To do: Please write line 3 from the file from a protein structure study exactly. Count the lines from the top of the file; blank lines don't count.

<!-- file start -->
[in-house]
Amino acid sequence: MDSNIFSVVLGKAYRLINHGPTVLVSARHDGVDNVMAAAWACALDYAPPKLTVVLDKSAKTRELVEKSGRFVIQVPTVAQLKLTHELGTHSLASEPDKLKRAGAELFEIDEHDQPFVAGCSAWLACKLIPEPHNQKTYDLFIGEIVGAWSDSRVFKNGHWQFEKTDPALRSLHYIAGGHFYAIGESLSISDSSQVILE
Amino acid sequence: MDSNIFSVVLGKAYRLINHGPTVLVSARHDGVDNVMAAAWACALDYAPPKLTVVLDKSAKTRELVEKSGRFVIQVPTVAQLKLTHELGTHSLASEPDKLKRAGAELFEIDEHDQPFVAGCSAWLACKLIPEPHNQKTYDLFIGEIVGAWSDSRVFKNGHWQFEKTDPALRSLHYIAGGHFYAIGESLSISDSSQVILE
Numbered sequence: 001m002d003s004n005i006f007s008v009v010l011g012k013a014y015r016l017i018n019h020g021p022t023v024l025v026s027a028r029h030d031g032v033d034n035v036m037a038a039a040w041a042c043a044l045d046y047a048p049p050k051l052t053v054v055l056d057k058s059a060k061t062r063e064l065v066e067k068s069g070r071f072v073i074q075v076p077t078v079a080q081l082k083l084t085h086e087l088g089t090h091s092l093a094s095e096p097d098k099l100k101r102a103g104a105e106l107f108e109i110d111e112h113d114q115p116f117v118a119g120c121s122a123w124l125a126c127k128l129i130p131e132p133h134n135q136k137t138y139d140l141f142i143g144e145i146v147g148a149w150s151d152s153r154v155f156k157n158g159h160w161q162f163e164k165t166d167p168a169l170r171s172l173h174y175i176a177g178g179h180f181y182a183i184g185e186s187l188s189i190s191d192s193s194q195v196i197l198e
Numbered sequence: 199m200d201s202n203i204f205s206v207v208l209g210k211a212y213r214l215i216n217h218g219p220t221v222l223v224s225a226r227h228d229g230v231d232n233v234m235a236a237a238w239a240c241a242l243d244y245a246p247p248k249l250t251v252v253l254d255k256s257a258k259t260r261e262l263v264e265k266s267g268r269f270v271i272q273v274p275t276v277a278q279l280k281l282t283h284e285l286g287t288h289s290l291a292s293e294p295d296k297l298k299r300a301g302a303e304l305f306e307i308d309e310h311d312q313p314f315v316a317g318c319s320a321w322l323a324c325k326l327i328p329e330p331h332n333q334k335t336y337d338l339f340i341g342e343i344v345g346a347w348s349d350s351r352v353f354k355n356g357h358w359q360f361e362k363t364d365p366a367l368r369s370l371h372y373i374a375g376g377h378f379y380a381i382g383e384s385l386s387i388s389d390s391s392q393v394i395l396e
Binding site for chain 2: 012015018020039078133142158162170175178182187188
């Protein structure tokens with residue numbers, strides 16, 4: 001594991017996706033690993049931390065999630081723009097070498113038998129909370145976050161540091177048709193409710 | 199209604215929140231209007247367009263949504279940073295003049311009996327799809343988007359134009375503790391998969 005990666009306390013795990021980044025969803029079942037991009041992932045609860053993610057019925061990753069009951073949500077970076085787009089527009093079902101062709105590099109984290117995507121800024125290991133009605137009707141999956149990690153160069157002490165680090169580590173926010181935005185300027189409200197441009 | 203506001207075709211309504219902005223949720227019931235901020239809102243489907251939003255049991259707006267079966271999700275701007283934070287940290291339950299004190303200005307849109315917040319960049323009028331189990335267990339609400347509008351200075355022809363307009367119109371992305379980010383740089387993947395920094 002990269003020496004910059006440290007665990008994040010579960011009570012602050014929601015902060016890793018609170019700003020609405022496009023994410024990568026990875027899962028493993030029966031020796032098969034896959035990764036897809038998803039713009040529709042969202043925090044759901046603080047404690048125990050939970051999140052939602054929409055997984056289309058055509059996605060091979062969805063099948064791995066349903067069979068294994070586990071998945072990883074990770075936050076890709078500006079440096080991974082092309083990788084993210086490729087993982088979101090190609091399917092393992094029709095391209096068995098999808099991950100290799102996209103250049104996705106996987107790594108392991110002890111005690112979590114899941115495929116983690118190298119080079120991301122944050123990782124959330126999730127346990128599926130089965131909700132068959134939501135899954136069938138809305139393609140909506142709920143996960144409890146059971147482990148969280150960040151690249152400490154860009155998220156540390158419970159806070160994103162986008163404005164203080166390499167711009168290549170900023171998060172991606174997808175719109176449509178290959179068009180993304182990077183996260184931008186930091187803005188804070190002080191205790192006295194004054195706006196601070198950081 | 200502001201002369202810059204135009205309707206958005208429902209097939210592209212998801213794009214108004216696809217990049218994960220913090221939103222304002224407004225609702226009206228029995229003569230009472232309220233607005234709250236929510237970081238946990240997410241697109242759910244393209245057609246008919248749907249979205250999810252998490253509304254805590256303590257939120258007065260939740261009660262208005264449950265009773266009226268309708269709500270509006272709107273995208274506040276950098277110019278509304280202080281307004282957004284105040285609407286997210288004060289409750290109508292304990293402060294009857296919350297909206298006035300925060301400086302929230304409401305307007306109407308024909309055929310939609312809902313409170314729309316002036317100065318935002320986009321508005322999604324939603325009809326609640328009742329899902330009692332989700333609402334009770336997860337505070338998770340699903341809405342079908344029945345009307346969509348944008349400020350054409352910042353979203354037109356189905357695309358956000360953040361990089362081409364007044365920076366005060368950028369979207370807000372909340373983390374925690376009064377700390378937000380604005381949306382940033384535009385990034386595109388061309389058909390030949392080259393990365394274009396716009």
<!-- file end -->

Amino acid sequence: MDSNIFSVVLGKAYRLINHGPTVLVSARHDGVDNVMAAAWACALDYAPPKLTVVLDKSAKTRELVEKSGRFVIQVPTVAQLKLTHELGTHSLASEPDKLKRAGAELFEIDEHDQPFVAGCSAWLACKLIPEPHNQKTYDLFIGEIVGAWSDSRVFKNGHWQFEKTDPALRSLHYIAGGHFYAIGESLSISDSSQVILE